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Old 01-15-2008, 11:54 PM   #1
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Hi,

My Partner Ruth & I (Gillie )are thinking of heading from here (Punta Gorda) to Cuba in the next week or so. We have a 40'ketch are two english women and are wondering if anyone knows about a need for a visa? Also what is the best currency to take? Euros? Sterling? Canadian $ ? or US $? Any advice would be much appreciated. We have been Cruising/Living aboard your little boat for 18 months and hope to transit the Panama Canal in March.

Looking forward to hearing from you

Thanks
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Old 01-16-2008, 03:02 AM   #2
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Originally Posted by Tuppenny View Post
Hi,

We have a 40'ketch are two english women and are wondering if anyone knows about a need for a visa?
This site may help.

http://www.webhavana.com/en/cuban_visas_cu...sa_requirements
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Old 01-16-2008, 10:57 AM   #3
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Hi, Gillie.

I do hope you get to see Cuba; I hear it's a super destination for sailors. But you should be aware that the current US Administration has taken steps to prohibit both US and foreign yachts from sailing to Cuba from US waters. Please follow the link below to read more, including text of the proclamation in question.

Sailing to Cuba



All the best,

Info for US citizens (current)
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Old 01-16-2008, 02:01 PM   #4
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Thanks for the link, yes we have looked at this and read as many books as we can, even contacted the consul in London, all are giving us differing opinions. We were hoping someone had been there recently.

Thanks again.
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Old 01-16-2008, 02:04 PM   #5
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Hi, Gillie.
Thanks for these links. We have looked at them and are still wondering! heh ho! I guess at the end of the day we will just have to bite the bullet and make a choice!!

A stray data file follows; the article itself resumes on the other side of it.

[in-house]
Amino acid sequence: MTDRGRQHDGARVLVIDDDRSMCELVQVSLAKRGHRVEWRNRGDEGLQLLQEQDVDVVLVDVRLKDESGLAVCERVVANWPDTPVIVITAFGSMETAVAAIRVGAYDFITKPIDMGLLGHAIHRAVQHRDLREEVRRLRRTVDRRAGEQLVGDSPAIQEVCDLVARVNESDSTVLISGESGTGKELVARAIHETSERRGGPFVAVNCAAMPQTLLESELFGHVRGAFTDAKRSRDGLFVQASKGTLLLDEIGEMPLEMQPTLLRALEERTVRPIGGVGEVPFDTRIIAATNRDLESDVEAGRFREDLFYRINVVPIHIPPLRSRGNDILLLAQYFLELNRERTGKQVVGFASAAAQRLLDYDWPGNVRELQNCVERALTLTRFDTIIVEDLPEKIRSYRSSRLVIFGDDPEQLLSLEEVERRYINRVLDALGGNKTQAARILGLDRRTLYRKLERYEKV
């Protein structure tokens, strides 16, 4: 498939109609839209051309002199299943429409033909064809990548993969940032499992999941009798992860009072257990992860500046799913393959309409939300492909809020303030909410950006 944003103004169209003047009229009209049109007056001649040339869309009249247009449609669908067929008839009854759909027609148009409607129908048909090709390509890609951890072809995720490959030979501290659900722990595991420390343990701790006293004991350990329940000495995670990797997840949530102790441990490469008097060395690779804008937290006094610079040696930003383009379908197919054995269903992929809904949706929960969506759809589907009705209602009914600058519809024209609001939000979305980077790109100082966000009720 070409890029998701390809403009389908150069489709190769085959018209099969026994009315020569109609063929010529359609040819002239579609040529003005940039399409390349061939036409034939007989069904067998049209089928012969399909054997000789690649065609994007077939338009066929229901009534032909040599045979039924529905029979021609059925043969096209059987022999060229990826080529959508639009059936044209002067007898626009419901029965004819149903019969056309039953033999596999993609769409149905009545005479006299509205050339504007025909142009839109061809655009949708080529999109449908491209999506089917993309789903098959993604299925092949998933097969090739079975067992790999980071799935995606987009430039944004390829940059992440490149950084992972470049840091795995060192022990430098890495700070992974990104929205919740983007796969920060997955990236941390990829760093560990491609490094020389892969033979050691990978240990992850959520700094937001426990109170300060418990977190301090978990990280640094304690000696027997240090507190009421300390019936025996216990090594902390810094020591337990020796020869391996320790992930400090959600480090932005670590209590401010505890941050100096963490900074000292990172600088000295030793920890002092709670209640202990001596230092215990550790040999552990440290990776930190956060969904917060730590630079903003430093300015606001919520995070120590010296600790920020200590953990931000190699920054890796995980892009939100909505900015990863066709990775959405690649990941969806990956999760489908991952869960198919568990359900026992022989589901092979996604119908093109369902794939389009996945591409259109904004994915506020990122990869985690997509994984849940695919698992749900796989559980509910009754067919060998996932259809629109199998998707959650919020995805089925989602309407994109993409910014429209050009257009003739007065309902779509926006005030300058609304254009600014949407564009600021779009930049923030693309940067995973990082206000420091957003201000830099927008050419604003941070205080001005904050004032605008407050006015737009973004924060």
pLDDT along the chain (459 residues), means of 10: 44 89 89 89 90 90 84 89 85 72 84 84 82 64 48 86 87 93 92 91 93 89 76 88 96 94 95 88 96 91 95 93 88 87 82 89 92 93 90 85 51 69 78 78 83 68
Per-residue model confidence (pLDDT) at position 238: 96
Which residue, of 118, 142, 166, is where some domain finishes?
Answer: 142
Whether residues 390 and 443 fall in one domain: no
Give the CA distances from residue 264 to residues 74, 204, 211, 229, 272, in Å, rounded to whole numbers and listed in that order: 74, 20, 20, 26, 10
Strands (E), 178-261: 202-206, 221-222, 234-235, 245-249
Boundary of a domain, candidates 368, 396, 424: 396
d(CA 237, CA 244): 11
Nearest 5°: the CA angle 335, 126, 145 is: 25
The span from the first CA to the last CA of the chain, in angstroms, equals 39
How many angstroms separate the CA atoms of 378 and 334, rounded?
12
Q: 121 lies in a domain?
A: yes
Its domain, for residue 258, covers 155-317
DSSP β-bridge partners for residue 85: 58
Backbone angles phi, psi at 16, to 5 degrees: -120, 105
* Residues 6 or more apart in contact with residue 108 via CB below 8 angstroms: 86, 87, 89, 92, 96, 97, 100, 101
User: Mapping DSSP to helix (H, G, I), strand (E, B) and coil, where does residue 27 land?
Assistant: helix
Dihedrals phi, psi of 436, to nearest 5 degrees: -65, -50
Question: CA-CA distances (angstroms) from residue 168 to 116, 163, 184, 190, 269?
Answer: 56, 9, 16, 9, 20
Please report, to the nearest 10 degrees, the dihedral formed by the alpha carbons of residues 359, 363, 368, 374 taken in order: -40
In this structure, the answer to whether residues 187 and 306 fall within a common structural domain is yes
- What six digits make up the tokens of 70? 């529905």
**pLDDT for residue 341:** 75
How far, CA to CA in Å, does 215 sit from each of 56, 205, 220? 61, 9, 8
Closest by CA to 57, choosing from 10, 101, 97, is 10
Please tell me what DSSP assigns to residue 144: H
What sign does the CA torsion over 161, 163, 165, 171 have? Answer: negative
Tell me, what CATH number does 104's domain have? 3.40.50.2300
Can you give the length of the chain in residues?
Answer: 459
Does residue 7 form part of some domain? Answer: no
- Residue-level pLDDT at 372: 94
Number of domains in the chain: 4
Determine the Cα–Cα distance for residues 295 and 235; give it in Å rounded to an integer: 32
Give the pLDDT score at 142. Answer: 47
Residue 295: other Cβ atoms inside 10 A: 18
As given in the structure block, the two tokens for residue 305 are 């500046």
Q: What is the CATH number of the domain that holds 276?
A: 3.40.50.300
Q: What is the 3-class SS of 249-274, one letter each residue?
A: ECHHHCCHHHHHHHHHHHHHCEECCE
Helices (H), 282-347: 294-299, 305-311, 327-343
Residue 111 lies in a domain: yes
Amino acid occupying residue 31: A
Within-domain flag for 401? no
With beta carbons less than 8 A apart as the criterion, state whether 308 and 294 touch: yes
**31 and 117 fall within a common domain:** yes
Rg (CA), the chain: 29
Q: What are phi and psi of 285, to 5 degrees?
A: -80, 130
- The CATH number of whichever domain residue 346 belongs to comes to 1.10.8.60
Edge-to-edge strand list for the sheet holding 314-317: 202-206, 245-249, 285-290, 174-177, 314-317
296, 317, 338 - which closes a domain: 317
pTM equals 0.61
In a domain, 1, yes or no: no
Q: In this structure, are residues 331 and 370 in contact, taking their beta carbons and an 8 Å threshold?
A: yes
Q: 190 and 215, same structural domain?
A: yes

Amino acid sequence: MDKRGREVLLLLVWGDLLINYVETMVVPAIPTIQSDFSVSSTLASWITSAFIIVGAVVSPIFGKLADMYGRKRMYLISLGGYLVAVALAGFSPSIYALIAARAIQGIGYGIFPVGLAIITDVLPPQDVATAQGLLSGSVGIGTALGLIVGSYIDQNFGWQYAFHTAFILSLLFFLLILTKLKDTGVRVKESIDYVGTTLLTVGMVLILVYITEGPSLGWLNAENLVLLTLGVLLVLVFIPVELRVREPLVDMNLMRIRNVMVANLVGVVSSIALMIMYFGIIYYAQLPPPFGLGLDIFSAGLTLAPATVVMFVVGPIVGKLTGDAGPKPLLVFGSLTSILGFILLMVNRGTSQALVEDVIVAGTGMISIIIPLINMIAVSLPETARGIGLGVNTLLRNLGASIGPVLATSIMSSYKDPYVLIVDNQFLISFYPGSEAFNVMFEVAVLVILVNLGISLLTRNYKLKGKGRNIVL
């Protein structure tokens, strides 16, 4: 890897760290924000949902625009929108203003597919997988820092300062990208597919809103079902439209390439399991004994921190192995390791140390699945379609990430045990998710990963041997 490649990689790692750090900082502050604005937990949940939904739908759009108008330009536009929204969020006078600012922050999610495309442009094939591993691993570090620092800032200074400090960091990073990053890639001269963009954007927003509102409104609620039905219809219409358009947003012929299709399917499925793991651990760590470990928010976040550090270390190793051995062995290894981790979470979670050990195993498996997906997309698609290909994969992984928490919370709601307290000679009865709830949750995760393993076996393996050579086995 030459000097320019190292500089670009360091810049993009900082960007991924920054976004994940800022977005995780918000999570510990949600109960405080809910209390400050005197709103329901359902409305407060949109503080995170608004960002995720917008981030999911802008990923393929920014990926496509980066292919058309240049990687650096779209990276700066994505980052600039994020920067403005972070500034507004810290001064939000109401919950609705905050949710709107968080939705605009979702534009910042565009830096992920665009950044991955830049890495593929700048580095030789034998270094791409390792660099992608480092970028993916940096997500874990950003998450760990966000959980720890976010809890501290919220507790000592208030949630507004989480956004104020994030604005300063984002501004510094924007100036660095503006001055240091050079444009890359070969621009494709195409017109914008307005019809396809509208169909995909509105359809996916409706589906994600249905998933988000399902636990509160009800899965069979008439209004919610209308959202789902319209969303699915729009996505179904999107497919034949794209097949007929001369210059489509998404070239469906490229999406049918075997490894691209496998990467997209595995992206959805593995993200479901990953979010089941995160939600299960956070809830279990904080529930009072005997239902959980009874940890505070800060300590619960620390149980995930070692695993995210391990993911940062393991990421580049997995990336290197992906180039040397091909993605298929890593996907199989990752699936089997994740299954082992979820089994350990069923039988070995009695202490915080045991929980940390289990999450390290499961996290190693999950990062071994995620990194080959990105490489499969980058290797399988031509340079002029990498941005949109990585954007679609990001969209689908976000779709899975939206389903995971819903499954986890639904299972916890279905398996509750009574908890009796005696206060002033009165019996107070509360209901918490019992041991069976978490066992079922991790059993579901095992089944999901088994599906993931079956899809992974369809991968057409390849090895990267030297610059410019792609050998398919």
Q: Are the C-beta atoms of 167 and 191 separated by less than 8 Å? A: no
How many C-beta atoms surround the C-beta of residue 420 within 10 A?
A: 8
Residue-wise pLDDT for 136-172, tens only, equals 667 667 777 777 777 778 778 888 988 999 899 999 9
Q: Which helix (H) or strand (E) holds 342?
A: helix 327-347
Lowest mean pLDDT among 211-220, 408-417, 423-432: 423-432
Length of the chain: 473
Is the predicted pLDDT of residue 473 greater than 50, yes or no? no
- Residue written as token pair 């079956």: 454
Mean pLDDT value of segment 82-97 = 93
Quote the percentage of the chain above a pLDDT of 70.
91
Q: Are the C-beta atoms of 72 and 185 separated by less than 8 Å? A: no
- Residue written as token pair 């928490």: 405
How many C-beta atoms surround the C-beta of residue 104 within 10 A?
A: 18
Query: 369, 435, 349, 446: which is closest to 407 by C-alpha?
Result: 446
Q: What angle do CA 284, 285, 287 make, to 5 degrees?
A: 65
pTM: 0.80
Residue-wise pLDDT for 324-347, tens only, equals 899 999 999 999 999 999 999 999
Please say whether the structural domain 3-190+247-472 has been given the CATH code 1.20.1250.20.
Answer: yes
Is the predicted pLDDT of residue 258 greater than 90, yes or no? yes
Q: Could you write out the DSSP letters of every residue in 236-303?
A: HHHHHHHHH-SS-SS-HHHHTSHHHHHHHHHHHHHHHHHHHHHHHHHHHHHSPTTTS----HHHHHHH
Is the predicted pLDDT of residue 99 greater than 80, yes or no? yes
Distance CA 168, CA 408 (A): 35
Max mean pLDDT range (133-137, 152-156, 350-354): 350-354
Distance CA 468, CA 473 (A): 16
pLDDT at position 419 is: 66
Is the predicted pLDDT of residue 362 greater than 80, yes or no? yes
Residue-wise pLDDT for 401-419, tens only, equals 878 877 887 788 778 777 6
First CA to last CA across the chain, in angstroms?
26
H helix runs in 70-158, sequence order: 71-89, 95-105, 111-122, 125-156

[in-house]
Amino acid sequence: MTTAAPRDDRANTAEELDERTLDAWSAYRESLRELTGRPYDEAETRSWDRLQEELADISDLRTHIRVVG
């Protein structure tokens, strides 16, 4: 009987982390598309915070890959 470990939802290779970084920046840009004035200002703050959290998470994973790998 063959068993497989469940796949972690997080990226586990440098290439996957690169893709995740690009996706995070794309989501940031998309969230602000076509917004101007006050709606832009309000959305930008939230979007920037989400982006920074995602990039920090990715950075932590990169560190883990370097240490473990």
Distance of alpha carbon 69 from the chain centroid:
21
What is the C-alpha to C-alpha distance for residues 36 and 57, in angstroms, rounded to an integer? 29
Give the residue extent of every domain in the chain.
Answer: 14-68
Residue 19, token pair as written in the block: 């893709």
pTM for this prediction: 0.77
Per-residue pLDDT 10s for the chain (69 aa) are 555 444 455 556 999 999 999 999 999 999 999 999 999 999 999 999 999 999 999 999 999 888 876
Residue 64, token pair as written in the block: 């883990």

Best regards
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Old 01-16-2008, 06:36 PM   #6
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Hi Ladies,

We've pals who are Brits sailing Brit registered yacht who visited Cuba last year and loved it.

You might wish to email them and ask questions directly - it's yachtjem(at)gmail(dot)com.

Good luck

JOHN
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Old 01-16-2008, 06:43 PM   #7
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A friend of mine from South Africa would use Cuba to redo his stay here in Florida every six months for 2 years. He never had a problem coming, or going. His vessel was a South African vessel though. I would think if you are not an American vessel there would be no problem for you.

Also he loved Cuba, and made many friends on his visits there. He actually adopted a family, and would at times send them a little money.
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Old 01-18-2008, 10:18 AM   #8
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An update to my previous note--here's a message from another Canadian which was very recently posted on another board. They departed from Boot Key Harbor in the US, and were intercepted by a USCG patrol boat.

A couple of years ago, friends of ours were stopped and boarded in the middle of the night in the Old Bahamas Channel, off the north shore of Cuba while passage-making from St Thomas to Ft Lauderdale. Same tactics by the intercepting boat--no running lights, no radio comms, bright spotlight. In that case, it was the Royal Bahamas Defense Force, looking for drug smugglers.

Lots of surveillance surrounding Cuba!



Hola amigos y amigas

Starsinger is alongside in Veradero, Cuba after a lumpy crossing of the

Gulf stream from Boot Key Harbour to Veradero.

The basic facilities are substantial though deteriorated and not up to the

standards of North American marinas, but the prices are also much lower.

The people are very kind and extremely friendly and generous with what

little they have.

There are 100 slips with only 19 boats. For the next four months our

dockage with water and electricity and very very good security, is